Oenothera biennis. Biennial.

    Produces 2″ yellow, sweetly fragrant flowers on 3-5′ tall central stalk from June to September in second year. Leaves and roots are edible, with a peppery taste. Flowers are edible and sweet, may be added to salads or used as a garnish, and are attractive to pollinators. Roots, bark, and seedpods are medicinal. This strain is purported to have a higher than average content of medicinal Gamma-linolenic acid (GLA), which can be extracted from its seeds. We have noticed that it holds ripe seed pods tighter than other varieties making seed collection easier. Native to central and eastern North America. Hardy to Zone 4. Grows well in poor soil. Self-seeds/naturalizes easily and may become a permanent part of the garden if you let it go to seed.

  • Horehound, White (Organic)

    Horehound, White (Organic)

    Marrubium vulgare. Perennial.

    An attractive shrub with small, grey-green leaves that are covered in small white hairs, creating a fuzzy appearance. Tea can be made from the leaves and it is a favorite remedy for coughs (though it’s quite bitter so add honey). Horehound has long been noted for its medicinal qualities in treating numerous ailments. The essential oil is said to contain potent antimicrobial, antiseptic and anti-inflammatory properties. It has also traditionally been used as a flavoring for ales, sodas, and lozenges. Naturalizes easily and may spread, though germination can be slow and erratic. Best when direct sown in early spring or early fall.

  • Quedlinburger Niederliegende lemonbalm

    Lemon Balm, Quedlinburger Niederliegende (Organic)

    Melissa officinalis. Perennial.

    Living in the Northwest we have always wished we could grow citrus. You could try to grow lemons in a greenhouse or you could simply throw this seed all around your garden. A strong lemon balm tea is a great substitute for lemon juice in most recipes. Quedlinburger Niederliegende is higher in essential oil content than the common lemon balm, and yields lots of leaves. Lemon balm tea, when sweetened with honey, is used medicinally to help with stress, indigestion, and headaches. We have also used it when brewing mead (honey wine) with great success. This easy-to-grow perennial belongs in every garden.

    You might ask why we love strange names, and we’re not sure why but we do. To translate/contextualize this tongue twister of a name is a delight. Quedlinburg is a town located in Germany north of the Harz mountains in Saxony-Anhalt. “Niederliegende” translates from German as procumbent, which is a botanical adjective meaning, “growing along the ground without setting forth roots.” This is interesting as we’ve observed this variety to be more upright and stretched out than others.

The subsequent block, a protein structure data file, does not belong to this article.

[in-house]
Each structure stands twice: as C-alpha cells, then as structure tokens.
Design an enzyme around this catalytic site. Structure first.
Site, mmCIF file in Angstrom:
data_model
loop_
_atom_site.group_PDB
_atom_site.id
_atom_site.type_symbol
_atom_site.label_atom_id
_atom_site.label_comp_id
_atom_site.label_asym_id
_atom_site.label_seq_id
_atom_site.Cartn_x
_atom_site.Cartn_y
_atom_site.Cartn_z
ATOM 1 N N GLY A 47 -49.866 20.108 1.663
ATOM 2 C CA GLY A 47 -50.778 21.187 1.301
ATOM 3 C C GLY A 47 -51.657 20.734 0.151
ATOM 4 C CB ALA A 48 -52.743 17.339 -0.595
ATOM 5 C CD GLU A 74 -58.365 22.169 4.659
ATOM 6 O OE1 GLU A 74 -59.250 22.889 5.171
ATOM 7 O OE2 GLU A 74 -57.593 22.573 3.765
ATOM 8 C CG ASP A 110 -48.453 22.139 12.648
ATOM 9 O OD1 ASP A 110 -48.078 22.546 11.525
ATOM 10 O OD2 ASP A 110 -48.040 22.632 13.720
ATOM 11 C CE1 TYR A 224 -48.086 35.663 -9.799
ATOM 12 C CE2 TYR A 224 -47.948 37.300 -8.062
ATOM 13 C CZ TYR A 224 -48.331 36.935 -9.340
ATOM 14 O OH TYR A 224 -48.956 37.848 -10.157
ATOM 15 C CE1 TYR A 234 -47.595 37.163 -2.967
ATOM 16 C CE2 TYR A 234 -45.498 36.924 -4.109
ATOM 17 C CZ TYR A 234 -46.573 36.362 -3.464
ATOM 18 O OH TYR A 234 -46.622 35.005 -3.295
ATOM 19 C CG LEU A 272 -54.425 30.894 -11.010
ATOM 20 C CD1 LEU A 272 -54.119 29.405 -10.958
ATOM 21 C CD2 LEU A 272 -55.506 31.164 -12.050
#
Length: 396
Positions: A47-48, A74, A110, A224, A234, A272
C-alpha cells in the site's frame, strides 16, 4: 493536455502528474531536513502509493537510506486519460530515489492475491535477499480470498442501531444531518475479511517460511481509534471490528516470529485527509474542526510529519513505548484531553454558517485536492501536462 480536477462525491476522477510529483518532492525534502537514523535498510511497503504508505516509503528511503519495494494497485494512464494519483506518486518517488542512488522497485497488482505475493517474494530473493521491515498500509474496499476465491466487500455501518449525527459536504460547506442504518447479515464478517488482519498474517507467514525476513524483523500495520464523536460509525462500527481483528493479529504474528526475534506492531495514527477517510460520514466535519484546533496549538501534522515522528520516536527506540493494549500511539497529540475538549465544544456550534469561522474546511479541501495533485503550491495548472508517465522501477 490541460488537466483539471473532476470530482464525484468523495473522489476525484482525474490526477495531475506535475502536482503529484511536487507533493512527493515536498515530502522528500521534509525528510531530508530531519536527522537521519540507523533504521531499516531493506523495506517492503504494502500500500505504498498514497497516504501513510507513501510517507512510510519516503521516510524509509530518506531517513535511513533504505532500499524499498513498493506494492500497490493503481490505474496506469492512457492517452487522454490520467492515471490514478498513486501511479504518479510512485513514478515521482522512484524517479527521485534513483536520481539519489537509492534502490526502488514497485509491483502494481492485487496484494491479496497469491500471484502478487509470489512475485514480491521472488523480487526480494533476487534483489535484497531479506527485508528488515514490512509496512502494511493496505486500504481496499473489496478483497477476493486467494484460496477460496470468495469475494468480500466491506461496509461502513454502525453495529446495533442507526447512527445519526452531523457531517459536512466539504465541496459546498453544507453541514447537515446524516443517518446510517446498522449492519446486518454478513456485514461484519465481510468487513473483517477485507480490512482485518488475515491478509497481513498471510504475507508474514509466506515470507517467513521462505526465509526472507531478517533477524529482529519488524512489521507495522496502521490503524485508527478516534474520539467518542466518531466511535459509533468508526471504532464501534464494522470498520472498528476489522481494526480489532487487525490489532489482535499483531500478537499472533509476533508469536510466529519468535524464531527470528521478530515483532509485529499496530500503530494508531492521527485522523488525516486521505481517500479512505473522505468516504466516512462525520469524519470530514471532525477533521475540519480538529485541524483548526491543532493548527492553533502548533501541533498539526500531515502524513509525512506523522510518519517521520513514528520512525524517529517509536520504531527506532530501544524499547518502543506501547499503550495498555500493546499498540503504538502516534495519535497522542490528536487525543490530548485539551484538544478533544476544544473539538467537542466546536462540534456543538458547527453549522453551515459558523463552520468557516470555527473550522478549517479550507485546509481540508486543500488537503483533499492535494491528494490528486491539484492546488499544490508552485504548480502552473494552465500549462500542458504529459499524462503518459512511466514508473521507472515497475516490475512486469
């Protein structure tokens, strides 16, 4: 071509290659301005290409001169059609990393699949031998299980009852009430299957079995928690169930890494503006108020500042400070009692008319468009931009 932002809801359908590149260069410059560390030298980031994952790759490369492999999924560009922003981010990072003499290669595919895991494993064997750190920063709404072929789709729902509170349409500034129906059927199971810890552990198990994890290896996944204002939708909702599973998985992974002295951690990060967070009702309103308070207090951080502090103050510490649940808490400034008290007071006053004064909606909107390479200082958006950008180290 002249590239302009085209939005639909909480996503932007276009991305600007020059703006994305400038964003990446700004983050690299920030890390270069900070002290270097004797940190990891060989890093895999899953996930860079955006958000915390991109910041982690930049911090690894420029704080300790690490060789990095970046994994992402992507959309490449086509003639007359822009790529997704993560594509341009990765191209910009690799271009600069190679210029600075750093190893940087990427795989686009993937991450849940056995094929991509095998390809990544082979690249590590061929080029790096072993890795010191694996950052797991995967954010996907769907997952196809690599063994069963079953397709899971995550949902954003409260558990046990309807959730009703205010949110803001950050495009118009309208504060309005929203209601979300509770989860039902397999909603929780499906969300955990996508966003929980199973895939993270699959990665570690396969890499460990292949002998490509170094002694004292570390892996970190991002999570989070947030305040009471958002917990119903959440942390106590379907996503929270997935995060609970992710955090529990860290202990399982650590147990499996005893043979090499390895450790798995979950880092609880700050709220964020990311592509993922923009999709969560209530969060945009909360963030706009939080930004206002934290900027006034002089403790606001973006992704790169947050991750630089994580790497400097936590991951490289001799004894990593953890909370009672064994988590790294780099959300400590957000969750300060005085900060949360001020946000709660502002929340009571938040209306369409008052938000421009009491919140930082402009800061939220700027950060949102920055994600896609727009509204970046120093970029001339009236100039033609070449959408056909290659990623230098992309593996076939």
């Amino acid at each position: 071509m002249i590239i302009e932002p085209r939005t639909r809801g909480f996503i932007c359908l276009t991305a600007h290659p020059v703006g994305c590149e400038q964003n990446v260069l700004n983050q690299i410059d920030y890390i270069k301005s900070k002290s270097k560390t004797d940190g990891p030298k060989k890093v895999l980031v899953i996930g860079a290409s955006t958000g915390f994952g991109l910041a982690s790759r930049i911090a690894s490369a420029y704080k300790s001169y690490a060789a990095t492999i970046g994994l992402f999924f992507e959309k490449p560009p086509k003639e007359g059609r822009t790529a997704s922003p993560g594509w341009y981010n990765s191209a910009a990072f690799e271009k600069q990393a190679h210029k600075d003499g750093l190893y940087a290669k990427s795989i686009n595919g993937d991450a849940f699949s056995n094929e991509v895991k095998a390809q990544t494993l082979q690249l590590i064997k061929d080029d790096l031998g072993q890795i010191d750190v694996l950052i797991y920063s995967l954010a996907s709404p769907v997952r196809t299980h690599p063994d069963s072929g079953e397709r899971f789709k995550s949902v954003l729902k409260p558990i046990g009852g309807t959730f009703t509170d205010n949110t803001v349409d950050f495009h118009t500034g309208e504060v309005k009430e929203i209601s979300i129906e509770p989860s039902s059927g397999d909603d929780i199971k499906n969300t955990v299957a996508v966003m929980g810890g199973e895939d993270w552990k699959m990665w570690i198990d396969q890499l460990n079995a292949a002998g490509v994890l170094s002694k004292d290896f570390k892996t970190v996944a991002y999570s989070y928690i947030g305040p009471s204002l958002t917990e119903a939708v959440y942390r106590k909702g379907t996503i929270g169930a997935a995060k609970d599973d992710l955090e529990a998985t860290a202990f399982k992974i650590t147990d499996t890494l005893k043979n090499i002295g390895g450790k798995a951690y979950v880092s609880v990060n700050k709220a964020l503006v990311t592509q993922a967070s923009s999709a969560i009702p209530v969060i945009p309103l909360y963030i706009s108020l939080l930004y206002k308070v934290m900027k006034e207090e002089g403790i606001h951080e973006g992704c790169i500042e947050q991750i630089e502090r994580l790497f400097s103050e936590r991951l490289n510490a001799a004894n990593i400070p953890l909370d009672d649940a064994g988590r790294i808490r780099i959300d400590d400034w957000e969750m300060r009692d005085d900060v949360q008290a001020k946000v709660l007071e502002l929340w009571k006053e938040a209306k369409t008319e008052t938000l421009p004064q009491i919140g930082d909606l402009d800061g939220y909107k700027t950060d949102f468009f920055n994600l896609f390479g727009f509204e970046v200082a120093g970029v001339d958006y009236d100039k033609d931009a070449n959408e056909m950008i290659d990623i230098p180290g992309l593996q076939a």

• Marshmallow
    Out of Stock

    Marshmallow (Organic)

    Althaea officinalis. Perennial.

    Common edible and medicinal herb native to Europe. Marshmallow has many medicinal uses which include treating stomach acid, aching muscles, insect bites, and dry coughs. Leaves can be eaten raw but taste better cooked, especially good for thickening soups as it is related to okra. Marshmallows of campfire and s’mores fame were once made by drying the root, grinding it into a powder, and then making the powder into a paste and roasting. Water left over from cooking any part of the plant makes a good egg-white substitute. Tea can be made from the flower or root. Grows to 4 feet. Naturalizes easily, but seeds benefit from some cold to germinate. One way to get good germination is to sow directly in garden soil in early spring.

  • Mint, Korean Licorice

    Mint, Korean Licorice (Organic)

    Agastache rugosa. Perennial.

    Very delightful aromatic leaves for tea with a sweet minty licorice flavor. One of Andrew’s favorite herbs for tea, second only to wild yerba buena. The beautiful blue spikes of flowers can grow to 8” long and provide excellent forage for beneficial insects. Blooms over a long period and especially well late in the season. Leaves are best harvested before flowering & are a delicious addition to salad mixes. For tea we like them best fresh, but dried leaves are also good. It can be harvested like basil by coppicing the young stems for continuous regrowth and cutting. As a healing plant it can be helpful for cold symptoms and as an aromatic it can stimulate digestion, circulation, and general energy. As beneficial insect forage, Frank Morton recommends pairing Korean Licorice Mint with fennel for attracting and feeding beneficial insects, honey bees and birds bountifully in the autumn.

    Seed produced by Wild Garden Seeds in Philomath, Oregon.


  • Common Mugwort

    Mugwort (Organic)

    Artemisia vulgaris. Perennial.

    An important part of the medicinal herb garden, as it has been used in remedies across many cultures for hundreds of years. Various preparations of mugwort have been applied to the skin to treat poison oak, rheumatism, or quicken the blood. Teas or tinctures have been known to induce lucid dreaming and are used to treat irregular menstrual periods, epilepsy, and stomach aches. In the United Kingdom, mugwort was even used as the poor man’s tea substitute (it’s fairly bitter though, we don’t recommend this use) and has been used to flavor beer – there really are too many uses for mugwort to list them all here. Beautiful slivery grey purple leaves grow to 4′ and would be suitable for a hedge. Perennial plants will spread, self-seed, and grow well even in poor soil.

  • Parsley, Cilician (Organic)

    Parsley, Cilician (Organic)

    Petroselinum crispum.

    A very special and very rare type of parsley from a medieval kingdom in what is present-day Syria and Turkey, brought to North America via Cyprus. It has a more ferny leaf type, with a more intense flavor that makes it a great addition to any dish that calls for parsley. Tolerates shade well, possibly preferring it. Some people think Cilician parsley may be a different species than the Italian at-leaf or curly-leaf types that we are used to, or possibly even a predecessor. The region of Cilicia has a long history of struggle and has been fought over by Greeks, Armenians, Syrians, Romans, and Turks. It is a cradle of agricultural biodiversity and a place name few have heard of. We thank food writer William Woys Weaver for shedding light on this variety and piquing our interest, and to John Miller of the Old Schoolhouse Plantery in Brattleboro, Vermont, for starting us out with this great variety.